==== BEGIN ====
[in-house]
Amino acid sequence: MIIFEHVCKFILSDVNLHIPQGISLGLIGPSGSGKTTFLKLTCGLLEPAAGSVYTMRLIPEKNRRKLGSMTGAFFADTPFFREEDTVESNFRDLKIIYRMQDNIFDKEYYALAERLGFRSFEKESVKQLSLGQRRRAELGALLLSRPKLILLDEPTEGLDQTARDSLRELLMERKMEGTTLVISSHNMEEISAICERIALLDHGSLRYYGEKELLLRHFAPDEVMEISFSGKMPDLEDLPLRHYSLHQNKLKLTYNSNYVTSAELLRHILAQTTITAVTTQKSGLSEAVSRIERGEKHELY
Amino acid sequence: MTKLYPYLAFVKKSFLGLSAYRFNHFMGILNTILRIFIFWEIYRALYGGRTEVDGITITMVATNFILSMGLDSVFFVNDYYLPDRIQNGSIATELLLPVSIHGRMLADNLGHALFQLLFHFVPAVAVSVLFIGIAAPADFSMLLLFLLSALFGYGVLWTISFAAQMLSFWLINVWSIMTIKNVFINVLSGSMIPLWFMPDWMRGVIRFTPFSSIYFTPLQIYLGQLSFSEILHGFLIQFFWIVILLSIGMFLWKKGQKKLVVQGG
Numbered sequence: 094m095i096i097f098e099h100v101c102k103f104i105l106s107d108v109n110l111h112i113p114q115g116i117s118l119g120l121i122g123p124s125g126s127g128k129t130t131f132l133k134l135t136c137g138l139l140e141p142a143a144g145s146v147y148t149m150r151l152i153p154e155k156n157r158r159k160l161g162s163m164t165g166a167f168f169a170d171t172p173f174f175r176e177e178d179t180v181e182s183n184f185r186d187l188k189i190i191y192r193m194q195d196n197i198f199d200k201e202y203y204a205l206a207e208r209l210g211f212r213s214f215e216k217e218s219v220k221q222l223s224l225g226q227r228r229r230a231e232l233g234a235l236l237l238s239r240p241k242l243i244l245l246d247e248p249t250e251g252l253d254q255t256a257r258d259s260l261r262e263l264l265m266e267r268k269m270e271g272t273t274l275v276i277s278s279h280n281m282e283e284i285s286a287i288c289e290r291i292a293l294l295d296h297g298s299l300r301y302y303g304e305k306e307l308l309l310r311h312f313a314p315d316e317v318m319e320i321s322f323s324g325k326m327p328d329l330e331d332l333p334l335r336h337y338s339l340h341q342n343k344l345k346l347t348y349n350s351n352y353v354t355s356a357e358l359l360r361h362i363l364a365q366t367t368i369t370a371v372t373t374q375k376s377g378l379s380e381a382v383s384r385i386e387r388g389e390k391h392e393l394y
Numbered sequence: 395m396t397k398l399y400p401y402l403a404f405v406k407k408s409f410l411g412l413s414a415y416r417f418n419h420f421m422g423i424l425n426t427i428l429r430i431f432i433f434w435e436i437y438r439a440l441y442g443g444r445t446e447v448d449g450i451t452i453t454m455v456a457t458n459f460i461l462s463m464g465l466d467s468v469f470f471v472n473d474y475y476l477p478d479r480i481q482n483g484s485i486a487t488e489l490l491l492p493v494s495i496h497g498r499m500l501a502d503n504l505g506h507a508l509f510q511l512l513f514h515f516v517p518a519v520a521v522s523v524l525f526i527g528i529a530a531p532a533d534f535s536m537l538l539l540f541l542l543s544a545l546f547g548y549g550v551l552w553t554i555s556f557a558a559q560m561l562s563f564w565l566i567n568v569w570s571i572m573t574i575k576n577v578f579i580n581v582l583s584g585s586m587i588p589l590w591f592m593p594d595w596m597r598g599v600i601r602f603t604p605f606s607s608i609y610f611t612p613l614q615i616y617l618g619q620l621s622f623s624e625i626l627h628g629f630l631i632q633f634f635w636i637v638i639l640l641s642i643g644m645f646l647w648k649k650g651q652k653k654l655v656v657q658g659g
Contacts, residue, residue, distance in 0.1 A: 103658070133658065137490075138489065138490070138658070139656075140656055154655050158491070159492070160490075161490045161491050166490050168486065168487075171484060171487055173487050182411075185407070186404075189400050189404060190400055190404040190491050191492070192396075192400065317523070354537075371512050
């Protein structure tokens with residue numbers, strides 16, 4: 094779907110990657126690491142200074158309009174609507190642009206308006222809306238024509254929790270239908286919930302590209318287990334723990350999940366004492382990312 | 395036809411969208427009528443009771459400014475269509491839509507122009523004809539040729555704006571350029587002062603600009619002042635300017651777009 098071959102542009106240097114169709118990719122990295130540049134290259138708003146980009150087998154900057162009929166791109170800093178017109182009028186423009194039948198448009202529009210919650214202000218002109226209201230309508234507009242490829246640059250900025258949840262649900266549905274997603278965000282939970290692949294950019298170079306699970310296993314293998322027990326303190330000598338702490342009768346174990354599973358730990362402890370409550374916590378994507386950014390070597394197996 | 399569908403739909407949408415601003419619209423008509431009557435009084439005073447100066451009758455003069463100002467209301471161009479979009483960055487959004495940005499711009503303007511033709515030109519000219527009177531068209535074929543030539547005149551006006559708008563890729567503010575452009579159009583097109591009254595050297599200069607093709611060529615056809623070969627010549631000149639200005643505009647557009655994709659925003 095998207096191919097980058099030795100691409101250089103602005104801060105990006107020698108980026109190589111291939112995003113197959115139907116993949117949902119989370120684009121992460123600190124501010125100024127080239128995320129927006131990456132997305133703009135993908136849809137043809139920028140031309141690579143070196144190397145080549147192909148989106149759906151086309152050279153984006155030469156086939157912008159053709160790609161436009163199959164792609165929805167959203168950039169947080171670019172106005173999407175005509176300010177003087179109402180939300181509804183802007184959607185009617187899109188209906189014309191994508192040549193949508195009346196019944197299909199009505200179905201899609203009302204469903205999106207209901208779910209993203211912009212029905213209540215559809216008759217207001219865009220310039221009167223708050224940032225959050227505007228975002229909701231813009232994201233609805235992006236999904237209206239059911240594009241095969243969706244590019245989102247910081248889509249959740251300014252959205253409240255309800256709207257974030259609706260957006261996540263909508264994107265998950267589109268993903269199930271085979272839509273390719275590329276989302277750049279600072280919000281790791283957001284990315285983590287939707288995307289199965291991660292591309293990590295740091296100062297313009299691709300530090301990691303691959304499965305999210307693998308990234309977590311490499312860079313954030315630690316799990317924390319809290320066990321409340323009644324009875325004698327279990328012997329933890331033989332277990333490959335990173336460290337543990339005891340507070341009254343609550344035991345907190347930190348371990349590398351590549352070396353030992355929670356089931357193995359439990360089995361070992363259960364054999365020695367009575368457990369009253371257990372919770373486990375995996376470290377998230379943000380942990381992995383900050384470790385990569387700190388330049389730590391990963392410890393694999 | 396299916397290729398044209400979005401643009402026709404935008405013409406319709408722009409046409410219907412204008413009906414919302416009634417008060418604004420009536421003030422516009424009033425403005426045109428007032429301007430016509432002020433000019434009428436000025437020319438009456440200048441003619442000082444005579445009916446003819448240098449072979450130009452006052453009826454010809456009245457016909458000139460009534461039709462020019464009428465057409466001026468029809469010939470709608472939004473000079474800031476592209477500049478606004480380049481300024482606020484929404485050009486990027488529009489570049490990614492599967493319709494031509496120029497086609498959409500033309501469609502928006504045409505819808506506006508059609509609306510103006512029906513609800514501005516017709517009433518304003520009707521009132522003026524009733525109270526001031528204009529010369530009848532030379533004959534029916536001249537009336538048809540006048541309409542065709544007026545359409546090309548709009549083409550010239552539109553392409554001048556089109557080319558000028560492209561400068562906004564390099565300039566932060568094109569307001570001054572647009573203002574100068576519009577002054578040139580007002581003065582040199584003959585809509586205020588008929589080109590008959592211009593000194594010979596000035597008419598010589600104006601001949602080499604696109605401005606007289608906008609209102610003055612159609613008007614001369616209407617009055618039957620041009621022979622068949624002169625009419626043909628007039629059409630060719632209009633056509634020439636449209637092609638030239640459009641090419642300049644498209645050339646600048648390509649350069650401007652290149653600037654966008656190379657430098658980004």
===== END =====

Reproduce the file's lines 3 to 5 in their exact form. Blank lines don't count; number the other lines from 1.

Amino acid sequence: MTKLYPYLAFVKKSFLGLSAYRFNHFMGILNTILRIFIFWEIYRALYGGRTEVDGITITMVATNFILSMGLDSVFFVNDYYLPDRIQNGSIATELLLPVSIHGRMLADNLGHALFQLLFHFVPAVAVSVLFIGIAAPADFSMLLLFLLSALFGYGVLWTISFAAQMLSFWLINVWSIMTIKNVFINVLSGSMIPLWFMPDWMRGVIRFTPFSSIYFTPLQIYLGQLSFSEILHGFLIQFFWIVILLSIGMFLWKKGQKKLVVQGG
Numbered sequence: 094m095i096i097f098e099h100v101c102k103f104i105l106s107d108v109n110l111h112i113p114q115g116i117s118l119g120l121i122g123p124s125g126s127g128k129t130t131f132l133k134l135t136c137g138l139l140e141p142a143a144g145s146v147y148t149m150r151l152i153p154e155k156n157r158r159k160l161g162s163m164t165g166a167f168f169a170d171t172p173f174f175r176e177e178d179t180v181e182s183n184f185r186d187l188k189i190i191y192r193m194q195d196n197i198f199d200k201e202y203y204a205l206a207e208r209l210g211f212r213s214f215e216k217e218s219v220k221q222l223s224l225g226q227r228r229r230a231e232l233g234a235l236l237l238s239r240p241k242l243i244l245l246d247e248p249t250e251g252l253d254q255t256a257r258d259s260l261r262e263l264l265m266e267r268k269m270e271g272t273t274l275v276i277s278s279h280n281m282e283e284i285s286a287i288c289e290r291i292a293l294l295d296h297g298s299l300r301y302y303g304e305k306e307l308l309l310r311h312f313a314p315d316e317v318m319e320i321s322f323s324g325k326m327p328d329l330e331d332l333p334l335r336h337y338s339l340h341q342n343k344l345k346l347t348y349n350s351n352y353v354t355s356a357e358l359l360r361h362i363l364a365q366t367t368i369t370a371v372t373t374q375k376s377g378l379s380e381a382v383s384r385i386e387r388g389e390k391h392e393l394y
Numbered sequence: 395m396t397k398l399y400p401y402l403a404f405v406k407k408s409f410l411g412l413s414a415y416r417f418n419h420f421m422g423i424l425n426t427i428l429r430i431f432i433f434w435e436i437y438r439a440l441y442g443g444r445t446e447v448d449g450i451t452i453t454m455v456a457t458n459f460i461l462s463m464g465l466d467s468v469f470f471v472n473d474y475y476l477p478d479r480i481q482n483g484s485i486a487t488e489l490l491l492p493v494s495i496h497g498r499m500l501a502d503n504l505g506h507a508l509f510q511l512l513f514h515f516v517p518a519v520a521v522s523v524l525f526i527g528i529a530a531p532a533d534f535s536m537l538l539l540f541l542l543s544a545l546f547g548y549g550v551l552w553t554i555s556f557a558a559q560m561l562s563f564w565l566i567n568v569w570s571i572m573t574i575k576n577v578f579i580n581v582l583s584g585s586m587i588p589l590w591f592m593p594d595w596m597r598g599v600i601r602f603t604p605f606s607s608i609y610f611t612p613l614q615i616y617l618g619q620l621s622f623s624e625i626l627h628g629f630l631i632q633f634f635w636i637v638i639l640l641s642i643g644m645f646l647w648k649k650g651q652k653k654l655v656v657q658g659g